It is necessary to underline that the nutrient requirement to maintain a highly active immune system in the digestive tract could be quite high. In fact, a different source of injury to the intestinal mucosa (nutritional, infectious or allergic) act via a common mechanism of cell-mediated immune damage and nutrient repletion is required for restoration of immune function [67]. In particular, the immunomodulating properties of natural antioxidants [54] could be of great advantage for the intestinal immunity. Furthermore, intestinal epithelium can modulate the level of immune activity in the mucosal immune system according to the environment of the intestinal lumen [68]. Data presented above indicate that intestinal immune system can generate free radicals in response to various antigens including microbes and some food allergens.

Combinations of prooxidants in the gut and their detrimental effects

Physicochemical environment of the gastrointestinal tract depends on many factors with diet, bacterial metabolites andbody secretion being major determinants [68]. There is a delicate balance between the environment of the lumen and epithelial cell functionality and dietary factors are responsible for gene expression in the intestine and its adaptation. In this regard, oxidative stress could cause changes in this balance affecting absorption of nutrients. Even if each of those lipid peroxidation promoters is present at a very low concentration, their combination could be much more powerful. For example, as mentioned above lipid hydroperoxides can produce peroxyl radicals in presence of iron or copper ions and once chain reaction of lipid peroxidation started many other food-derived PUFAs can be oxidized. It was calculated that pH and temperature,as well as presence of oxygen in stomach could be favourable for lipid peroxidation [69].

Data provided above indicate that average pig or poultry diet contains a range of various prooxidants. They include oxidized polyunsaturated fatty acids, nitrites, nitrates, heavy metals,mycotoxins, persistent organic pollutants, etc. In many cases those contaminants are found in the feed in low or very low concentrations, however, their various combinations in the fee could be an important source of free radical production in the gut.

Antioxidant Defences in the GIT

An effective antioxidant protection in the gastrointestinal tract is needed to maintain gut health and this protection is based on food derived antioxidants [31].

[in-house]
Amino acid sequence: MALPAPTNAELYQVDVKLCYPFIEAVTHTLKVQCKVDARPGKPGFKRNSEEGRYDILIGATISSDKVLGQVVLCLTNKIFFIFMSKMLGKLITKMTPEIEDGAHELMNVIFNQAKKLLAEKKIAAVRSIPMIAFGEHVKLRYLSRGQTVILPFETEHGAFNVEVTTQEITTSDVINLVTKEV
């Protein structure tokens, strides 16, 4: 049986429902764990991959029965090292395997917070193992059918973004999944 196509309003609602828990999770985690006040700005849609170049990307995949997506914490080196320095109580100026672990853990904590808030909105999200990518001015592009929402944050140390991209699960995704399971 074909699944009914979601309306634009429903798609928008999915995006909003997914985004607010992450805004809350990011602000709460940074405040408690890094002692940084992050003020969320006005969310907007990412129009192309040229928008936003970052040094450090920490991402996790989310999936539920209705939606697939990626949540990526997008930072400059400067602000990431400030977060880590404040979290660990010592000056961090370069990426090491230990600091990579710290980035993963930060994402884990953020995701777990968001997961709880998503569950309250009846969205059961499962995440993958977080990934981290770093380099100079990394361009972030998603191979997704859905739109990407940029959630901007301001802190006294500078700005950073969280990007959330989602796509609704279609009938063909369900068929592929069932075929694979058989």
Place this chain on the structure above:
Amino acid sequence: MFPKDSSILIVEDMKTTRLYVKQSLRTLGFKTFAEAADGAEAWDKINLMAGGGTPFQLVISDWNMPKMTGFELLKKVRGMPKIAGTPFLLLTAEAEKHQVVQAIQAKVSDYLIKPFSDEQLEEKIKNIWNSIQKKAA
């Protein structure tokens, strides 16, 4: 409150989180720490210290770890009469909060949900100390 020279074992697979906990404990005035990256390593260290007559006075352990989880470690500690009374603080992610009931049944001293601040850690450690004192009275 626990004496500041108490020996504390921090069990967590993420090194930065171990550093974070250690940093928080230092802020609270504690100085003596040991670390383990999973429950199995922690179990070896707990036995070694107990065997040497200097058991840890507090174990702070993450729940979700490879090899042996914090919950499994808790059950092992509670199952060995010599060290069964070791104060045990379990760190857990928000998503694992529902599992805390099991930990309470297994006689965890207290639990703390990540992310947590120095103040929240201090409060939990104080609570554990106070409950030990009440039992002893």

Vitamin E

Vitamin E is main biological chain-breaking antioxidant, located in the biological membranes of various tissues. In food and feed ingredients vitamin E can be found in the form of 4 tocopherols and 4 tocotrienols. It is possible that the gut is a special place for γ-tocopherol and tocotrienols to play their antioxidant role. Alphatocopherol is not stable and easily oxidized during food processing and therefore commercial vitamin E preparations are represented by the stable esterified form of vitamin E or as a mixture of tocopherols. For farm animals and poultry premixes are the main source of vitamin E and its level in feed ingredients are often not taken into account during feed formulation [54].

The main reason for vitamin E dietary supplementation for poultry and farm animals is to maintain their optimal health and high productive and reproductive performances. This includes positive effects on male and female reproduction, immunocompetence,effective growth and development, high quality of eggs and meatas well as decreased negative consequences of various stresses [54,31,70,74]. Extensive research and wide commercial application for a number of years clearly showed essentiality of vitamin E in animal/poultry nutrition. Recently it has been shown that vitamin E recycling in the cell is the key for its antioxidant activity. Ascorbic acid, selenium, vitamins B1 and B2 are important elements of vitamin E recycling. Therefore, if recycling is effective, even a low vitamin E concentration, for example in the embryonic brain, can prevent lipid peroxidation in vivo [54,70]. There is a range of anti-stress premixes with increased vitamin E content but their efficacy is variable. After 90 years of extensive research in the field of vitamin E we greatly appreciate its unique role in biological systems, in maintaining growth, development and general health of humans and animals. High concentrations of vitamin E were present in the mucosa of the duodenum and jejunum, with a trend to lower levels in the ileum and ceca, and significantly less in the colon of the chicken [75]. The different isoforms of vitamin E were absorbed from the digesta by the mucosa without any major selectivity. However, the liver was greatly enriched with alpha-tocopherol over the other isoforms, indicating a high degree of discrimination by this tissue. Clearly, vitamin E can be considered as a main contributor to the antioxidant potential of the digesta [31,74].